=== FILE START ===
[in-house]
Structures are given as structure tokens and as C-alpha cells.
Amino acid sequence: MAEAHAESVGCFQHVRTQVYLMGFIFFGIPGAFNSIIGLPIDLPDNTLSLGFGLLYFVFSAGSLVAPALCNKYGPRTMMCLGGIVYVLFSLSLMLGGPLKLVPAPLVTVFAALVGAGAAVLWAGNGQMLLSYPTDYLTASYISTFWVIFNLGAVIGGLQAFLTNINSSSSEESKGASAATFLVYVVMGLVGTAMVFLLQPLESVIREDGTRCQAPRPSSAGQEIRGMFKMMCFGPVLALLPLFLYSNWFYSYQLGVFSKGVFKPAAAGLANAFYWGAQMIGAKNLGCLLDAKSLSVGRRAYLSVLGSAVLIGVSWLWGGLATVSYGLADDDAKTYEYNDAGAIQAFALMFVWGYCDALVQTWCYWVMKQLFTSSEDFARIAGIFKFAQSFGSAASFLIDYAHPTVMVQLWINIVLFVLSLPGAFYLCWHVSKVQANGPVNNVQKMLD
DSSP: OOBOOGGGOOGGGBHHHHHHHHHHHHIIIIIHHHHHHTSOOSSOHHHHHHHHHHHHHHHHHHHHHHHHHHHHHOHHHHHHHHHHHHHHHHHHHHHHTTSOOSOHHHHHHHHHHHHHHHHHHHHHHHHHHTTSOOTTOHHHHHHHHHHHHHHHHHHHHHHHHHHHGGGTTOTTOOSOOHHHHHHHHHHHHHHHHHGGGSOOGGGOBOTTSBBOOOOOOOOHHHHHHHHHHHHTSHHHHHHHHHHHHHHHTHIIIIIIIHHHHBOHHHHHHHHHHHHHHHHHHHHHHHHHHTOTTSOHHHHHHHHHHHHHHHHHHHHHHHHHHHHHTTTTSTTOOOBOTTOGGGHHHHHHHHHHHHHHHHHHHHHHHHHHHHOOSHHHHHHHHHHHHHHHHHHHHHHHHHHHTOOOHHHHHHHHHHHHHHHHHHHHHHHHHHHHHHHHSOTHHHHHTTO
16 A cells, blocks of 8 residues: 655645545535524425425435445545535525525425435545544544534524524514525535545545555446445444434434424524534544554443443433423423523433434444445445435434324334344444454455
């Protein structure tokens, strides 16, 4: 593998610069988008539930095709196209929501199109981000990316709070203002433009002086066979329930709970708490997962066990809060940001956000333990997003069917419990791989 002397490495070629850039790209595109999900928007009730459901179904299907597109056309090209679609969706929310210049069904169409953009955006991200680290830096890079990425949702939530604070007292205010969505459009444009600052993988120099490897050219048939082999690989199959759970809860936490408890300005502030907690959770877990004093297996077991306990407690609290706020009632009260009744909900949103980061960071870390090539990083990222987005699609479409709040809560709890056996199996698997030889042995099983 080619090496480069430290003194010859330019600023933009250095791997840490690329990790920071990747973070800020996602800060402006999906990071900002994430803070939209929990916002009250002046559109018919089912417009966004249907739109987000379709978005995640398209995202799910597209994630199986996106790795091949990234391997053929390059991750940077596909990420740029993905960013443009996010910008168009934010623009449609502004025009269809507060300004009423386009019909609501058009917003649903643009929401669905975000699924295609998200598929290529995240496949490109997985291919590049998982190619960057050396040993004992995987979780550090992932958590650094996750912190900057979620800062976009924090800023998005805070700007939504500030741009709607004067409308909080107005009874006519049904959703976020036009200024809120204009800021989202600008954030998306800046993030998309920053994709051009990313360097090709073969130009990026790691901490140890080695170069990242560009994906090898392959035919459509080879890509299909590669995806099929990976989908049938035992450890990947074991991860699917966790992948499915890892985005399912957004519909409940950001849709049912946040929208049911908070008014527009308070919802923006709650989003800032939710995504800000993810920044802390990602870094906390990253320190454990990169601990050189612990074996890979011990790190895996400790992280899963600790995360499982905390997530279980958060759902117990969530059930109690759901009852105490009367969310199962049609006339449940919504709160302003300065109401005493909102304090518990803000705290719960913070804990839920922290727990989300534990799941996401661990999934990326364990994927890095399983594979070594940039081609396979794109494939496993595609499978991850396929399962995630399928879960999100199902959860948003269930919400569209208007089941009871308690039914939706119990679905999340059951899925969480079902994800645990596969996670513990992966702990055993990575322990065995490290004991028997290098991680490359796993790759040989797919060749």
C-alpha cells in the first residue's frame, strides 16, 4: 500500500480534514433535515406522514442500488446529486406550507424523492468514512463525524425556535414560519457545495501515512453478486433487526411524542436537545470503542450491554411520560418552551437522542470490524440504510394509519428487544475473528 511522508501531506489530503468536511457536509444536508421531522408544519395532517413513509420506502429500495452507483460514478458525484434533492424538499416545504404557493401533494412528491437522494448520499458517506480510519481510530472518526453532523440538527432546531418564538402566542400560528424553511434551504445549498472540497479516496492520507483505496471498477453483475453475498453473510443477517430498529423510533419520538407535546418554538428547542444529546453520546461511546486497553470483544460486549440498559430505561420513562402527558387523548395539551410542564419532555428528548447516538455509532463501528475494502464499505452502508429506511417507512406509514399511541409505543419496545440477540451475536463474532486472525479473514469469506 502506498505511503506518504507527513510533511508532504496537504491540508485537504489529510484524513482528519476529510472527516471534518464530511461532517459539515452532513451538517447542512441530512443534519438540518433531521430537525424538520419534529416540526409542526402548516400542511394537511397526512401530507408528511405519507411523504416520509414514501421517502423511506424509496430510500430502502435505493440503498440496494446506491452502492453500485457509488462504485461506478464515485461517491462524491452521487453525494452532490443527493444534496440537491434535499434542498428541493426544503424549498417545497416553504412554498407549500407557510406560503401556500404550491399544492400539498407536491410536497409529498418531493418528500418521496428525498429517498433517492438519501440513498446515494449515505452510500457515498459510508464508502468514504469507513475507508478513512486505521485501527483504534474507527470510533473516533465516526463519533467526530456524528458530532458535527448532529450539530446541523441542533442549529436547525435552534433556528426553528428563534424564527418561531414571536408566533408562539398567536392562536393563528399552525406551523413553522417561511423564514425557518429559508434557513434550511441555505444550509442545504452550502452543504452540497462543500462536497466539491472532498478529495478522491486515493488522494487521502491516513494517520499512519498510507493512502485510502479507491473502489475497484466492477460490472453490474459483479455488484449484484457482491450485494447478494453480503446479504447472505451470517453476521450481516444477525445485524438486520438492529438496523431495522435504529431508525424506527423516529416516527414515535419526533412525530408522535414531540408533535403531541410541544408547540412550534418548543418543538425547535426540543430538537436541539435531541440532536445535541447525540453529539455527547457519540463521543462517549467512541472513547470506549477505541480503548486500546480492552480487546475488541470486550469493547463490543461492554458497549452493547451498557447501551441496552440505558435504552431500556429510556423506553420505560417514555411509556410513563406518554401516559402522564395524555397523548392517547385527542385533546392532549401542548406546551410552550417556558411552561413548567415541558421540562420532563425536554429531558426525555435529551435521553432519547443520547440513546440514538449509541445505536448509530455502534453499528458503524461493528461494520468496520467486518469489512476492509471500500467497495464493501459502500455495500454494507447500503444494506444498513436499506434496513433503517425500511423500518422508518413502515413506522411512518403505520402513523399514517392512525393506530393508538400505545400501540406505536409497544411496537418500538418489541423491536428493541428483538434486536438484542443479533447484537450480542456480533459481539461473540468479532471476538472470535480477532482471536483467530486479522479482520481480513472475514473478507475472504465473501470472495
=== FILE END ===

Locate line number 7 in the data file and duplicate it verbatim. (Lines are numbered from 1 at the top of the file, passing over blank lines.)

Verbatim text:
C-alpha cells in the first residue's frame, strides 16, 4: 500500500480534514433535515406522514442500488446529486406550507424523492468514512463525524425556535414560519457545495501515512453478486433487526411524542436537545470503542450491554411520560418552551437522542470490524440504510394509519428487544475473528 511522508501531506489530503468536511457536509444536508421531522408544519395532517413513509420506502429500495452507483460514478458525484434533492424538499416545504404557493401533494412528491437522494448520499458517506480510519481510530472518526453532523440538527432546531418564538402566542400560528424553511434551504445549498472540497479516496492520507483505496471498477453483475453475498453473510443477517430498529423510533419520538407535546418554538428547542444529546453520546461511546486497553470483544460486549440498559430505561420513562402527558387523548395539551410542564419532555428528548447516538455509532463501528475494502464499505452502508429506511417507512406509514399511541409505543419496545440477540451475536463474532486472525479473514469469506 502506498505511503506518504507527513510533511508532504496537504491540508485537504489529510484524513482528519476529510472527516471534518464530511461532517459539515452532513451538517447542512441530512443534519438540518433531521430537525424538520419534529416540526409542526402548516400542511394537511397526512401530507408528511405519507411523504416520509414514501421517502423511506424509496430510500430502502435505493440503498440496494446506491452502492453500485457509488462504485461506478464515485461517491462524491452521487453525494452532490443527493444534496440537491434535499434542498428541493426544503424549498417545497416553504412554498407549500407557510406560503401556500404550491399544492400539498407536491410536497409529498418531493418528500418521496428525498429517498433517492438519501440513498446515494449515505452510500457515498459510508464508502468514504469507513475507508478513512486505521485501527483504534474507527470510533473516533465516526463519533467526530456524528458530532458535527448532529450539530446541523441542533442549529436547525435552534433556528426553528428563534424564527418561531414571536408566533408562539398567536392562536393563528399552525406551523413553522417561511423564514425557518429559508434557513434550511441555505444550509442545504452550502452543504452540497462543500462536497466539491472532498478529495478522491486515493488522494487521502491516513494517520499512519498510507493512502485510502479507491473502489475497484466492477460490472453490474459483479455488484449484484457482491450485494447478494453480503446479504447472505451470517453476521450481516444477525445485524438486520438492529438496523431495522435504529431508525424506527423516529416516527414515535419526533412525530408522535414531540408533535403531541410541544408547540412550534418548543418543538425547535426540543430538537436541539435531541440532536445535541447525540453529539455527547457519540463521543462517549467512541472513547470506549477505541480503548486500546480492552480487546475488541470486550469493547463490543461492554458497549452493547451498557447501551441496552440505558435504552431500556429510556423506553420505560417514555411509556410513563406518554401516559402522564395524555397523548392517547385527542385533546392532549401542548406546551410552550417556558411552561413548567415541558421540562420532563425536554429531558426525555435529551435521553432519547443520547440513546440514538449509541445505536448509530455502534453499528458503524461493528461494520468496520467486518469489512476492509471500500467497495464493501459502500455495500454494507447500503444494506444498513436499506434496513433503517425500511423500518422508518413502515413506522411512518403505520402513523399514517392512525393506530393508538400505545400501540406505536409497544411496537418500538418489541423491536428493541428483538434486536438484542443479533447484537450480542456480533459481539461473540468479532471476538472470535480477532482471536483467530486479522479482520481480513472475514473478507475472504465473501470472495